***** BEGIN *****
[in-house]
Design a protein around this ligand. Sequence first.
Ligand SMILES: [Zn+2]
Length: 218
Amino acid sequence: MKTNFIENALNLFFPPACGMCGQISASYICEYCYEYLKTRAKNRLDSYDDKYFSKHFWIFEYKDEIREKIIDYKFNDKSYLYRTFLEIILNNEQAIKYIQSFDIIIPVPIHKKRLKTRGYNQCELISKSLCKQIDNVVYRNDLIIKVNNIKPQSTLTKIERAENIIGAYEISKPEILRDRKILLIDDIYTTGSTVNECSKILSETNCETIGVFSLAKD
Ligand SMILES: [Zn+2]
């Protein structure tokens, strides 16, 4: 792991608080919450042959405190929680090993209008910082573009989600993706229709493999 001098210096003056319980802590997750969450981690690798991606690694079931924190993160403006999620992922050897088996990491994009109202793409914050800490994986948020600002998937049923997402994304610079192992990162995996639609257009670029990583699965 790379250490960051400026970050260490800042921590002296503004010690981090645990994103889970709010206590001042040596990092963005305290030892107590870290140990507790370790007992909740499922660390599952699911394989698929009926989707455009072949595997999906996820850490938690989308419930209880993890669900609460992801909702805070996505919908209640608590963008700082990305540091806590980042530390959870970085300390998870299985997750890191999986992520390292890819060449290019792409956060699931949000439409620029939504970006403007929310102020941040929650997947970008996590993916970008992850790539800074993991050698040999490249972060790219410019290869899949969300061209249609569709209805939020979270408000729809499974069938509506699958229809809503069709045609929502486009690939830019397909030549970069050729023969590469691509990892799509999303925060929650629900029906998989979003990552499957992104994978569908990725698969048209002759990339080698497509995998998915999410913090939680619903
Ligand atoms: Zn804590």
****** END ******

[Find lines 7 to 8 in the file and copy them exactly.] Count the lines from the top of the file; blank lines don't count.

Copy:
């Protein structure tokens, strides 16, 4: 792991608080919450042959405190929680090993209008910082573009989600993706229709493999 001098210096003056319980802590997750969450981690690798991606690694079931924190993160403006999620992922050897088996990491994009109202793409914050800490994986948020600002998937049923997402994304610079192992990162995996639609257009670029990583699965 790379250490960051400026970050260490800042921590002296503004010690981090645990994103889970709010206590001042040596990092963005305290030892107590870290140990507790370790007992909740499922660390599952699911394989698929009926989707455009072949595997999906996820850490938690989308419930209880993890669900609460992801909702805070996505919908209640608590963008700082990305540091806590980042530390959870970085300390998870299985997750890191999986992520390292890819060449290019792409956060699931949000439409620029939504970006403007929310102020941040929650997947970008996590993916970008992850790539800074993991050698040999490249972060790219410019290869899949969300061209249609569709209805939020979270408000729809499974069938509506699958229809809503069709045609929502486009690939830019397909030549970069050729023969590469691509990892799509999303925060929650629900029906998989979003990552499957992104994978569908990725698969048209002759990339080698497509995998998915999410913090939680619903
Ligand atoms: Zn804590």